Only a dozen men have walked on the surface of the moon, and this Friday marks the 49th anniversary of the groundbreaking Apollo 11 moon landing mission.
Of the 12 Americans who have set foot on the moon, only four are still alive.
From Apollo 11, the first lunar mission on July 20, 1969, Neil Armstrong and Buzz Aldrin took that giant leap for mankind.
Armstrong, an astronaut and aeronautical engineer, retired from NASA in 1971, and served as a corporate spokesperson for several businesses. Though he had a reputation for being reclusive, Armstrong spoke at public events, hosted a science series and taught college.
Armstrong died in 2012 at age 82.
Aldrin, who piloted the Apollo 11 mission, was the second man on the moon. He kept a higher public profile as an outspoken advocate for space exploration, including a manned missions to Mars.
Aldrin was a popular guest on the talk show circuit and even appeared on "Dancing with the Stars" in 2010.
He became the oldest person to reach the South Pole at 86 years old in 2016, where he said he had a near-death experience.
Most recently, Aldrin drew headlines for a legal dispute with his children.
At 88 years old, Aldrin now makes his home in Florida.
Pete Conrad became the third person to walk on the moon in November 1969 as a part of the Apollo 12 mission.
He retired from NASA in 1973 and worked in business. Conrad died in a motorcycle accident in California in 1999. He was 69.
Conrad’s Apollo 12 crewmate, Alan Bean, became the fourth man on the moon. He eventually logged 1,600 hours in space, serving in missions to Skylab and taking part in the Apollo-Soyuz Test Project.
After retiring from NASA in 1981, he became a painter, incorporating pieces from his spacesuit patches in his paintings.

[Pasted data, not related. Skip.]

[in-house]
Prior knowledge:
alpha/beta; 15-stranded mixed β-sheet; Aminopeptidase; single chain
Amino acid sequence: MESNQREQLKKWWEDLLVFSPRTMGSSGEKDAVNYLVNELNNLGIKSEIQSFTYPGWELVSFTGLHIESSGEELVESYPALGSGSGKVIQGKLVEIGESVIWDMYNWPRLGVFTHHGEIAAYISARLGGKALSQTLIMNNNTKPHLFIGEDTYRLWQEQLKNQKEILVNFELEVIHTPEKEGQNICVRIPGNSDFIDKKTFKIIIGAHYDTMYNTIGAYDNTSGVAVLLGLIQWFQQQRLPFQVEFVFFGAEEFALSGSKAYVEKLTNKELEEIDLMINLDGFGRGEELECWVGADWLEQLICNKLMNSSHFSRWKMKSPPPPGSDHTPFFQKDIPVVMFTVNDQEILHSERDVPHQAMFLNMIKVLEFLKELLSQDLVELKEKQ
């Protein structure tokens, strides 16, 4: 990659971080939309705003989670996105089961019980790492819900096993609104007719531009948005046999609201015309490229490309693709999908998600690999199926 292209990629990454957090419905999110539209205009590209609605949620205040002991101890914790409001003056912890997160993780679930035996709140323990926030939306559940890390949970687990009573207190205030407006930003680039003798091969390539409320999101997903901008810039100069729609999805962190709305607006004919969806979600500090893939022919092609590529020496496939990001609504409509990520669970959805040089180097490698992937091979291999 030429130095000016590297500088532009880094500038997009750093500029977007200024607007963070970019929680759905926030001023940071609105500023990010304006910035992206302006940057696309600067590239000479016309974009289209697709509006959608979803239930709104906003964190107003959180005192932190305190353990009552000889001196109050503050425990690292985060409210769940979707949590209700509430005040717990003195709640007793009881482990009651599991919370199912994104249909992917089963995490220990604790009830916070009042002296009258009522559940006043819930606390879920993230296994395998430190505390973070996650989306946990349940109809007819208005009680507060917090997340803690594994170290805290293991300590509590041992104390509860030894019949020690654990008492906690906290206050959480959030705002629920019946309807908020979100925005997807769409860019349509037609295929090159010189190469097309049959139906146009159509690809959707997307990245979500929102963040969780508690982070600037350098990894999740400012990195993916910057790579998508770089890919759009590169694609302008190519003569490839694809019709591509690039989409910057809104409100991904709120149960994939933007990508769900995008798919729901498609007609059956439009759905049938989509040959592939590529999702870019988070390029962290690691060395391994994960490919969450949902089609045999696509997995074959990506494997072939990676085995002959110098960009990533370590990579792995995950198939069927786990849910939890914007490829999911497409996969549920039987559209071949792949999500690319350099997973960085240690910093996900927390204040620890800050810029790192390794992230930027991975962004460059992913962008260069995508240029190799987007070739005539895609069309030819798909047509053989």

Bean died in Texas last May. He was 86.
Alan Shepard walked on the moon in February 1971 as a part of the Apollo 14 mission. He retired from NASA in 1974 and went on to work in banking and real estate, serve on non-profit boards and found what would later become the Astronaut Scholarship Foundation.
He died of leukemia in 1998 at age 74.
Shepard’s crewmate on Apollo 14, Edgar Mitchell, became the sixth man to walk on the moon. After retiring from NASA in 1972, he helped found the Institute of Noetic Sciences, a non-profit organization in California that researches ESP and other psychic phenomena.
Mitchell died in Florida in 2016 at age 85.
Apollo 15 astronaut David Scott walked on the moon in both July and August 1971, but most notably became the first man to drive on the moon during the same mission.
After retiring from NASA in 1977, he became a writer and consultant for books and documentaries about its space program.
He now lives in Los Angeles, California.
James Irwin, who embarked on the same mission, became the eighth person to walk on the moon. He retired from NASA in 1972 and founded the High Flight Foundation, a Christian religious outreach organization.
Irwin died of a heart attack in 1991 at age 61, which made him the first of the moon men to die.
In April 1972, John Young became the ninth person to walk on the moon on the Apollo 16 mission. He later flew missions on the Space Shuttle Columbia and spent more than 40 years with NASA before retiring in 2004.
Young died in January at 87 years old.
Charles Duke became the tenth man on the moon during the same Apollo 16 mission. He retired from NASA in 1975 and became active in prison ministry.
Now at 82 years old, Duke lives in Texas and serves as chairman of the board of the Astronaut Scholarship Foundation.
Later that year, in December 1972, Eugene Cernan took his moon walk during the Apollo 17 mission. Not only was Cernan the 11th man on the list; his are the last footprints to be left on the surface of the moon.
He retired from NASA in 1976 and worked in private industry and occasionally served as the commentator for "Good Morning America."
Cernan died in Texas in January 2017. He was 82.
The most recent living man to take steps on the moon was Harrison Schmitt, who was a geologist on the same Apollo 17 mission.
Schmitt retired from NASA in 1975 and went on to represent New Mexico in the U.S. Senate as a Republican for one term, starting the following year. He also taught at the university level and served as a business consultant.
At 83 years old, Schmitt now lives in New Mexico.